08:45am | 10/15/2019
You shouldn't be allowed to have nice things when you forget your phone in your swimsuit pocket— not once, but twice! The first time was a Motorola Razr. I was swimming at my grandma's condo and came out of the pool with a dripping flip phone.
A couple of my friends' parents worked at Motorola, so somehow I got my hands on a lot of unique devices at an early age. One of my all-time favorites was the Motorola "MOTOROI" XT720, which featured Android 2.0 and a 720MHz mobile processor.
huge 3.7 inch, high-definition WVGA (480x854) display, making it easy to view full page websites, videos, games, or photos.
Okay. This post is Hot Tub Phone Repair, not Hot Tub Time Machine. So I'll stop pondering the evolution of mobile technology and get to the point! I was on a business trip on the west coast when I completely drowned my Galaxy S7 in the hotel's hot tub.
This might have been my longest lasting phone— 3 years and not a scratch! But it didn't matter. That expensive OtterBox and "water resistant" label couldn't save this cellphone from getting blasted by a Jacuzzi jet for 50 minutes. It was bricked.🧱 🧱 🧱
Luckily one of my co-workers had the foresight to remove the MicroSD card. My first thought was to shake the water out at at his face like the pope waving an aspergillum on Easter.
Spoiler alert: I didn't fix the phone. 😞️ That's a misleading title... I did, however, manage to recover my photos from a corrupt SD card!
When I first put the SD card into my PC, I was met with a disappointing message from Windows:
Most people are aware of the fact that formatting removes all the device's data. So, obviously this is not what I was hoping for, but... Thank Poseidon! I tried another MicroSD adapter, and I was able to access files on the card.
I didn't really care about my apps, but I hadn't backed up my photos or videos for a year. I hate Google Photos and all that "cloud" bullshit, but now it was really biting me in the ass... If there's one thing you need to take away from this article, it's backup your photos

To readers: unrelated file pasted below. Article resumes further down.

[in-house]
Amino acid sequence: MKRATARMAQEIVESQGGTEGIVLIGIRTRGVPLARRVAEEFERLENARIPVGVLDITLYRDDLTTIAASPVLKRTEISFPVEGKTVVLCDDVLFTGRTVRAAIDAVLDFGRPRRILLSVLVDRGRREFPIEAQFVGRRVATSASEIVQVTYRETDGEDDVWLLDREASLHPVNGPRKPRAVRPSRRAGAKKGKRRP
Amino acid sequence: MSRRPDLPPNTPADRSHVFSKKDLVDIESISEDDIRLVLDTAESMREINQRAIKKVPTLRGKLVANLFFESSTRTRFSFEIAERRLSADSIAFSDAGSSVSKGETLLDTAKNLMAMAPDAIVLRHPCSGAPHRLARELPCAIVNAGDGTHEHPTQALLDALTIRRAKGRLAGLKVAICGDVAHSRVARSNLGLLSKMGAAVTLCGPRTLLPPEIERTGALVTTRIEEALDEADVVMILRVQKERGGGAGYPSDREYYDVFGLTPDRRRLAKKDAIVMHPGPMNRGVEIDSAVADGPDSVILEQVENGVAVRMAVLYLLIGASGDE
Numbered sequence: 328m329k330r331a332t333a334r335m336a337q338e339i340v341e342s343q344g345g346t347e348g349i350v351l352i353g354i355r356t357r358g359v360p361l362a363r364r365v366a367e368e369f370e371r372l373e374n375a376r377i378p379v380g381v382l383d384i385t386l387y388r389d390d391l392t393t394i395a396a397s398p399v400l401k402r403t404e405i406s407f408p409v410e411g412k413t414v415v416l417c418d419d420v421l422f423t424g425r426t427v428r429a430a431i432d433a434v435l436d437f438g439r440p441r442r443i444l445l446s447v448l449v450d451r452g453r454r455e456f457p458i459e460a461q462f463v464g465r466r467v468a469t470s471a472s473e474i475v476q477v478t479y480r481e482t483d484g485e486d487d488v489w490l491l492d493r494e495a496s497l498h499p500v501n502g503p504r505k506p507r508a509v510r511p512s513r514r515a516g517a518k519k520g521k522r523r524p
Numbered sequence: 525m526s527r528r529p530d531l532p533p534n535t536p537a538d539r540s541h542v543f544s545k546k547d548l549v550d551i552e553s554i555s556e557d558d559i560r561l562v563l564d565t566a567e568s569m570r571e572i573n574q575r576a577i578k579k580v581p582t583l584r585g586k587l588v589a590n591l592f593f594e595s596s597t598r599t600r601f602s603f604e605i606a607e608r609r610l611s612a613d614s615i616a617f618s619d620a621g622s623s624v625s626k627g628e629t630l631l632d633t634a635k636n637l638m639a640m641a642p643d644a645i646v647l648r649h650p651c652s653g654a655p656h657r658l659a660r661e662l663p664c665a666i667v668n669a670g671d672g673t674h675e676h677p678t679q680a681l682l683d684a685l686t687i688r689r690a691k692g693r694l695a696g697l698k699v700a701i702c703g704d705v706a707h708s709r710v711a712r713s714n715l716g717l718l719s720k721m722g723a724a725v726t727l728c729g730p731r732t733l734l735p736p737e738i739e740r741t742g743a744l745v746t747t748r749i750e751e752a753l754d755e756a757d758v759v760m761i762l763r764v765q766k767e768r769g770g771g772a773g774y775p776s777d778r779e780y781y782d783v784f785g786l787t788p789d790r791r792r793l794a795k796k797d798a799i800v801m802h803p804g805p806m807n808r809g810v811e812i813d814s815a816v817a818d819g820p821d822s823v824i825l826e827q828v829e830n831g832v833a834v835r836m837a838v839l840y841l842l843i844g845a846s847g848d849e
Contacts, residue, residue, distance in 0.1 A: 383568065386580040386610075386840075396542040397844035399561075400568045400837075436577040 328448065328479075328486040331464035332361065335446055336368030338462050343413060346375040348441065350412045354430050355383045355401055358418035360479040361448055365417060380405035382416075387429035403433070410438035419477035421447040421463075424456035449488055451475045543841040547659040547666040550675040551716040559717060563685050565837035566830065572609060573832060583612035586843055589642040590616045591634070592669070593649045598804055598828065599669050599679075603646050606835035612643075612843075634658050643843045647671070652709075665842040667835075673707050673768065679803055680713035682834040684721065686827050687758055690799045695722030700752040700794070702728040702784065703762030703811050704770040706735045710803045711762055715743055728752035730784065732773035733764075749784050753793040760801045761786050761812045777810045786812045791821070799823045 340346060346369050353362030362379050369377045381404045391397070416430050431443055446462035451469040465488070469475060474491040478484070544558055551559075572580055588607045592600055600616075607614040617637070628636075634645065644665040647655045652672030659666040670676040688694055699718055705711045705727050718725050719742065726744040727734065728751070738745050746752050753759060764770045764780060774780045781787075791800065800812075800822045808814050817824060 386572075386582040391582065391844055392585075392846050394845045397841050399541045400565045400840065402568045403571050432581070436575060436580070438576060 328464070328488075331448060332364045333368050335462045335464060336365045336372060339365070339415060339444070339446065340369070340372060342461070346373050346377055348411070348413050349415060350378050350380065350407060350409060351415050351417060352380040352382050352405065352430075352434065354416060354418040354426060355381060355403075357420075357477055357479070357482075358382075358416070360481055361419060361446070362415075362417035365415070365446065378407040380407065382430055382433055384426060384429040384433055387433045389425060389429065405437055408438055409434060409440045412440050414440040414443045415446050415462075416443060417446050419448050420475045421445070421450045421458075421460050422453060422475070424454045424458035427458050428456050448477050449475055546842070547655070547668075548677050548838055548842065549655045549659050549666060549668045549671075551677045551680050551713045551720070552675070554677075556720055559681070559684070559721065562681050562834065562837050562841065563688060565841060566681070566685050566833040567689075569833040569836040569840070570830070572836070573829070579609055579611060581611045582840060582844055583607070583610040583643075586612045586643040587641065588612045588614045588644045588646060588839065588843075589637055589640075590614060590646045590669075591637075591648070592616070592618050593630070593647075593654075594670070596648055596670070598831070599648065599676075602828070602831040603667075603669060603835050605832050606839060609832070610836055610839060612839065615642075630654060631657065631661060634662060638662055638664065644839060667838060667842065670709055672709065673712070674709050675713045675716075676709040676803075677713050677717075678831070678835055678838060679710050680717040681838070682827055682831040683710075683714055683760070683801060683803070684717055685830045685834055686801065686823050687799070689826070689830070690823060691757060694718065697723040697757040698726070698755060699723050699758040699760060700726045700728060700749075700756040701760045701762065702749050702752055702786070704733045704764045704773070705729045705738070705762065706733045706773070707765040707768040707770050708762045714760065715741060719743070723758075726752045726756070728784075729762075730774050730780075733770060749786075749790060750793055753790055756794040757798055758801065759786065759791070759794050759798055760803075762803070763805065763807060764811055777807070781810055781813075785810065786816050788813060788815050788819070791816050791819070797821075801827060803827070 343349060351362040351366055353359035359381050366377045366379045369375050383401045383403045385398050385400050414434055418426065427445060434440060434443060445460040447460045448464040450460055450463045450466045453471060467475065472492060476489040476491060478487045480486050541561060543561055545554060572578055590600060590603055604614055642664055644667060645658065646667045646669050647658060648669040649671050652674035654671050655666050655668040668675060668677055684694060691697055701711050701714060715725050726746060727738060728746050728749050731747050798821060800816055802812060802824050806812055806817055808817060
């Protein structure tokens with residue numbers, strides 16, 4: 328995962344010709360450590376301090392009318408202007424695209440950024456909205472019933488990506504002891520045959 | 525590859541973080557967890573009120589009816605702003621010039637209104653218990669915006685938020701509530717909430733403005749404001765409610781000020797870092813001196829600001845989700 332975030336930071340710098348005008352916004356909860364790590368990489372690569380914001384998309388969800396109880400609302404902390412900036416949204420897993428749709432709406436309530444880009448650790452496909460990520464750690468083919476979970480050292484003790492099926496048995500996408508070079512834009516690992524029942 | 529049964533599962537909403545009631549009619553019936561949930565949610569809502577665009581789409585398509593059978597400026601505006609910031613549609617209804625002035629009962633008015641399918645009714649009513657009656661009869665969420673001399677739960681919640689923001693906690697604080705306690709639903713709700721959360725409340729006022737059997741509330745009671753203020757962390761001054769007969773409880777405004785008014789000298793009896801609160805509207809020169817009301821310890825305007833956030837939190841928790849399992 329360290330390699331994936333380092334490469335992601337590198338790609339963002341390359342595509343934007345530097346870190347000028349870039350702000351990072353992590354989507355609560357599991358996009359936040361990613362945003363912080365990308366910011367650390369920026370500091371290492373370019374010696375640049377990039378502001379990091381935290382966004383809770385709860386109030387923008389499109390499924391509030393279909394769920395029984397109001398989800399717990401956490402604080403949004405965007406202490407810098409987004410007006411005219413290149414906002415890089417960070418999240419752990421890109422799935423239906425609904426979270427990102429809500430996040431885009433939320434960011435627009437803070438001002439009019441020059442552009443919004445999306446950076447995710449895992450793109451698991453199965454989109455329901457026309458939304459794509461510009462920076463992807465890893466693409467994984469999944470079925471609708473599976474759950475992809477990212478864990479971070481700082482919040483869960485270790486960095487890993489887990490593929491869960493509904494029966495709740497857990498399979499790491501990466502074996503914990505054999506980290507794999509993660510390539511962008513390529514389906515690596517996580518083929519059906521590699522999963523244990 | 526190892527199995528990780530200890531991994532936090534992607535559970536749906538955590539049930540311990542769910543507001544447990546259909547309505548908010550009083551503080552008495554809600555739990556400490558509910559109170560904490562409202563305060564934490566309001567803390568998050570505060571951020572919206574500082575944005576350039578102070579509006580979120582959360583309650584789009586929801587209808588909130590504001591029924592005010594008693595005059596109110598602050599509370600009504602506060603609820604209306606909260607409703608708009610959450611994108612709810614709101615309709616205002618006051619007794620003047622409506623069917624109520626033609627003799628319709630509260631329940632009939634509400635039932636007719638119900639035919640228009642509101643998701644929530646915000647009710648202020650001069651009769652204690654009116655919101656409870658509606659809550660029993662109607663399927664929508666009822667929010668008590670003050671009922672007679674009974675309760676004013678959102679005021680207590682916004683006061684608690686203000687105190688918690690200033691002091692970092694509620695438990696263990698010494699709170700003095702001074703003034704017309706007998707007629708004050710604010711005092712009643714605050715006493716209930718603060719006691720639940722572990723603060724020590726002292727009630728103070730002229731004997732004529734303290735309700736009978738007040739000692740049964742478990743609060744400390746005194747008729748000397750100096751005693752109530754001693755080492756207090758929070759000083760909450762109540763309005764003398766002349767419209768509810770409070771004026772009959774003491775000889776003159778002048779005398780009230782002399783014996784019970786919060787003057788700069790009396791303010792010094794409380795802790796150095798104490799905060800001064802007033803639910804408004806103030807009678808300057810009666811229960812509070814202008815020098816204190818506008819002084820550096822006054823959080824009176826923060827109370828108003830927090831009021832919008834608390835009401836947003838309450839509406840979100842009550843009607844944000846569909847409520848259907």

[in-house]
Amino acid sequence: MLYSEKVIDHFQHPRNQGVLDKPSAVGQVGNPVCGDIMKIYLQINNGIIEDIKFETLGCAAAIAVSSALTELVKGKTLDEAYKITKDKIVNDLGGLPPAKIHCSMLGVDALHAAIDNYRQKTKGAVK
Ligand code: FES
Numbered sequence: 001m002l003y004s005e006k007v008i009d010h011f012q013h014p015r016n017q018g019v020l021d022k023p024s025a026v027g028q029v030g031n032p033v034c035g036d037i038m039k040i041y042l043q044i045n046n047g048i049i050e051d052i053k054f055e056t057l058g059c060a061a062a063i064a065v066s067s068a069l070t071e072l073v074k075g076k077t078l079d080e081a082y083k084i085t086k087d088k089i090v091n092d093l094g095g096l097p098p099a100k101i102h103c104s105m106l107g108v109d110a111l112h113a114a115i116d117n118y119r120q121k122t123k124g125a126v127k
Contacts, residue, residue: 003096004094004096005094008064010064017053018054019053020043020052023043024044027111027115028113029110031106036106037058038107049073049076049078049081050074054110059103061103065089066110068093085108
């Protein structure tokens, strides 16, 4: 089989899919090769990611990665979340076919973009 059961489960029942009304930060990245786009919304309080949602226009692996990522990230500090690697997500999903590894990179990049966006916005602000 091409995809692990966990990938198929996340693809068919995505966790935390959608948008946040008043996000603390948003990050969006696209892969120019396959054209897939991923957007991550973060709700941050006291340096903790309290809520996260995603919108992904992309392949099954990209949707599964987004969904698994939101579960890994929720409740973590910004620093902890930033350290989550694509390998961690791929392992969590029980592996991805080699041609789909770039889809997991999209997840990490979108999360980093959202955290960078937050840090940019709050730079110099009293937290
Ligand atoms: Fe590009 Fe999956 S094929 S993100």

Even though I could see all my photos, almost all of them were corrupt! Reading the files directly from the card revealed horizontal strips and chunks of the image over a pixelated (green?) color. I tried to copy the images to my PC, but everything was trapped on the card.
A quick Google search led me to ddrescue. While this seems like an incredible recovery tool, it was unable to build a usable image from the SD card... 🤔️
The images were readable from the card, but weren't displaying correctly (or at all). I couldn't copy them onto my local machine... So, finally, I thought— perhaps I could recover the broken images by compiling them into a video?
In the past, I'd used ffmpeg to convert individual stills to a video file. After another quick search, I discovered that ffmpeg not only has built-in error detection on the input frames; but it will also automatically discard irrecoverably corrupt frames.
A post on StackOverflow gave me what I needed. The user had the "-err_detect aggressive" flag on an rtsp stream in an attempt to clean the incoming live footage.
Eureka! A simple ffmpeg command using the same error detection flag within the image directory managed to recover every photo into a video file!
ffmpeg -err_detect aggressive -fflags discardcorrupt -framerate 1 -pattern_type glob -i '*.jpg' -c:v libx264 -preset:v slow OUTPUT_VIDEO_NAME.avi
After that, I opened the video in Adobe Premiere and did a simple frame export to retrieve all the individual images! 😍️ Okay, I'll admit, this was a pretty unique situation...
Aside from that awful feeling of being without a device for a week, the last thing you want is to lose years of photos and memories. So, if any of you enjoy warm, bubbly tubs with your mobile devices, perhaps you can learn something from my experience. Of course, I hope you can all avoid this disaster with the occasional backup!